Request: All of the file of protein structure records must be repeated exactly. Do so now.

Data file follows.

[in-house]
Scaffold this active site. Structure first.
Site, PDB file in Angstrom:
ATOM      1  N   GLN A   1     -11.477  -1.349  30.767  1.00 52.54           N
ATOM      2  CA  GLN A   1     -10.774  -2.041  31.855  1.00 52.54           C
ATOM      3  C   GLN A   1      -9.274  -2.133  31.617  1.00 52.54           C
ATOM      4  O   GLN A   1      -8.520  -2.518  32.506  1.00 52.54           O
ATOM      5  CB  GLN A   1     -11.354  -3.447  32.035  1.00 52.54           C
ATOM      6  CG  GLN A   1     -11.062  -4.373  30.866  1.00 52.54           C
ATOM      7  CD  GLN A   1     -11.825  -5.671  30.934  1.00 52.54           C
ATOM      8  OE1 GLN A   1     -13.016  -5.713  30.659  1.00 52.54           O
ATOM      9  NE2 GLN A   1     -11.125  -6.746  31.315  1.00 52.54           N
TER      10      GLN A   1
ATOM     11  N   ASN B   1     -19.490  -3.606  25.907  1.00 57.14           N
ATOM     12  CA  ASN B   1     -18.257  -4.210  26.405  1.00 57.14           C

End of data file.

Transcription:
[in-house]
Scaffold this active site. Structure first.
Site, PDB file in Angstrom:
ATOM      1  N   GLN A   1     -11.477  -1.349  30.767  1.00 52.54           N
ATOM      2  CA  GLN A   1     -10.774  -2.041  31.855  1.00 52.54           C
ATOM      3  C   GLN A   1      -9.274  -2.133  31.617  1.00 52.54           C
ATOM      4  O   GLN A   1      -8.520  -2.518  32.506  1.00 52.54           O
ATOM      5  CB  GLN A   1     -11.354  -3.447  32.035  1.00 52.54           C
ATOM      6  CG  GLN A   1     -11.062  -4.373  30.866  1.00 52.54           C
ATOM      7  CD  GLN A   1     -11.825  -5.671  30.934  1.00 52.54           C
ATOM      8  OE1 GLN A   1     -13.016  -5.713  30.659  1.00 52.54           O
ATOM      9  NE2 GLN A   1     -11.125  -6.746  31.315  1.00 52.54           N
TER      10      GLN A   1
ATOM     11  N   ASN B   1     -19.490  -3.606  25.907  1.00 57.14           N
ATOM     12  CA  ASN B   1     -18.257  -4.210  26.405  1.00 57.14           C